Proposals for a bridge design that included rail transport and tourist facilities were seriously considered. The fall of the Pérez Jiménez government in January 1958 quickly led to a less elaborate design project that was approved and funded by a democratic and more conservative government.
The building of the "El Puente Sobre El Lago de Maracaibo General Rafael Urdaneta" (General Rafael Urdaneta Bridge over Lake Maracaibo) named after the distinguished hero of the War of Independence was opened to public traffic in 1962. The project was completed on schedule in 40 months.
This bridge construction project was a remarkable feat. Built under very difficult conditions, when completed, it became the longest prestressed concrete bridge in the world. The structure is in constant use and remains today as the most important link between Maracaibo , along with much of the State of Zulia, and the rest of Venezuela.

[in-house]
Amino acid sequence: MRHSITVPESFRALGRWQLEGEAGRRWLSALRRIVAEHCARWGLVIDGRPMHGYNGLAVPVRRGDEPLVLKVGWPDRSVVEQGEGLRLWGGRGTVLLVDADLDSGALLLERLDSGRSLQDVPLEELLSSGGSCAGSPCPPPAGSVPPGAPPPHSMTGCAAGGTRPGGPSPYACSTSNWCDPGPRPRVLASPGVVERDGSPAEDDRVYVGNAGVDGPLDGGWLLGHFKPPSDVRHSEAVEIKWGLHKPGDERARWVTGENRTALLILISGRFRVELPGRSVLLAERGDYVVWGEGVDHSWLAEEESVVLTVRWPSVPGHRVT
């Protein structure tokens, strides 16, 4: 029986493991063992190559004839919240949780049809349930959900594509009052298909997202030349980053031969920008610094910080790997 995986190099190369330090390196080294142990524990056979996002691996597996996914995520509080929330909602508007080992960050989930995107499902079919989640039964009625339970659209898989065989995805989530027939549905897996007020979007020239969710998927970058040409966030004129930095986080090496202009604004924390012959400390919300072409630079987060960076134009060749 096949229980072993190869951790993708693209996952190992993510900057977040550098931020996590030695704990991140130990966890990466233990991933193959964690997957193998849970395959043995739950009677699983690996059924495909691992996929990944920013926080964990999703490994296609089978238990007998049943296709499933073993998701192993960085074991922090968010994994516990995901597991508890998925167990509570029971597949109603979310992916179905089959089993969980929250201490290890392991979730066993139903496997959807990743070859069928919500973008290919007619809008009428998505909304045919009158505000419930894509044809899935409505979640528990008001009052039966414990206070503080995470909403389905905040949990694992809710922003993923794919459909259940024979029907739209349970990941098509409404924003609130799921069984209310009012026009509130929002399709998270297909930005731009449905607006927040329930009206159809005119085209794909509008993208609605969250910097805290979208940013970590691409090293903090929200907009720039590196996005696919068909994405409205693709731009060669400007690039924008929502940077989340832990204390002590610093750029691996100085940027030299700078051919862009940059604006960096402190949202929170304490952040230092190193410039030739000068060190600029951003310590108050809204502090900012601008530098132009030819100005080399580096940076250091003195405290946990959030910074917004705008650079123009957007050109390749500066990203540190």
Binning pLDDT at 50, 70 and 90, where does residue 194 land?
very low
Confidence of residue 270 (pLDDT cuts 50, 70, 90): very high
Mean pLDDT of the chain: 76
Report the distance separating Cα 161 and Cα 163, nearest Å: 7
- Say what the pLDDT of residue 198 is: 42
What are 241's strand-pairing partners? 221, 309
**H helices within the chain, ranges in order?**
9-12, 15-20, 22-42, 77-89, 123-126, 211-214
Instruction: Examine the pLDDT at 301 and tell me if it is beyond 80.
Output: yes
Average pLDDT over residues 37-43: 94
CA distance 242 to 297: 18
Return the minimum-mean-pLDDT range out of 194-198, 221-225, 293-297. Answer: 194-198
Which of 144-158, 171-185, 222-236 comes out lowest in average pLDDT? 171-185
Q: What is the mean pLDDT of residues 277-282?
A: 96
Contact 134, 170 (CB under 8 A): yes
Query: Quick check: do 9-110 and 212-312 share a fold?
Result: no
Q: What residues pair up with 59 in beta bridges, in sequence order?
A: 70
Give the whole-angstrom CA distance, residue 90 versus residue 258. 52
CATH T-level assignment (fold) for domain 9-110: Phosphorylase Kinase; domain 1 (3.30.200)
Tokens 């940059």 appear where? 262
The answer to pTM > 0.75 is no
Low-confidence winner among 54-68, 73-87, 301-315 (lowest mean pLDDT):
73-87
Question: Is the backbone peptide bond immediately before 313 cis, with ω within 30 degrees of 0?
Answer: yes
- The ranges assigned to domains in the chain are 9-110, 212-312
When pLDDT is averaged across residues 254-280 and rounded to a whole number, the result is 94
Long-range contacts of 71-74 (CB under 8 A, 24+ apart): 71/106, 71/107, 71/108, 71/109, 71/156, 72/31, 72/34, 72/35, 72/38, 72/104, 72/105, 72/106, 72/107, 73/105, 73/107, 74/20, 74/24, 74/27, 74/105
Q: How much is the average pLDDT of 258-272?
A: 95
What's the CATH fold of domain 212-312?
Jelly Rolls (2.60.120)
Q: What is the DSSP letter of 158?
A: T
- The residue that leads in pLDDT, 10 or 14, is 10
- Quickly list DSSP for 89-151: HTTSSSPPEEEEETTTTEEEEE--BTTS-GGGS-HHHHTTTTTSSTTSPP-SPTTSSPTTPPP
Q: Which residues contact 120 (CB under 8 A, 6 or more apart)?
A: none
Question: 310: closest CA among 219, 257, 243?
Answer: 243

Maracaibo is nicknamed La Tierra del Sol Amada ("The Land that the Sun Loves").
François de Pons, the agent of the French government to Caracas, provides some historical insight into the people of Maracaibo in his travel journal (de Pons 1806). The following excerpts describe the local population of Maracaibo.
They perform coasting, or long voyages, with equal facility; and when all trade is suspended by the operations of war, they enter privateers. Bred up in the neighborhood of the lake, they are mostly all expert swimmers and excellent divers. Their reputation stands equally high as soldiers. Those who do not enter into the sea service, form plantations, or assist in cultivating those, which belong to their fathers. Nothing proves better their aptitude for this kind of occupation, than the immense flocks of cattle with which the savannas of Maracaibo are covered.
He also notes the appreciation of literature, the arts, education, and culture among the people of Maracaibo :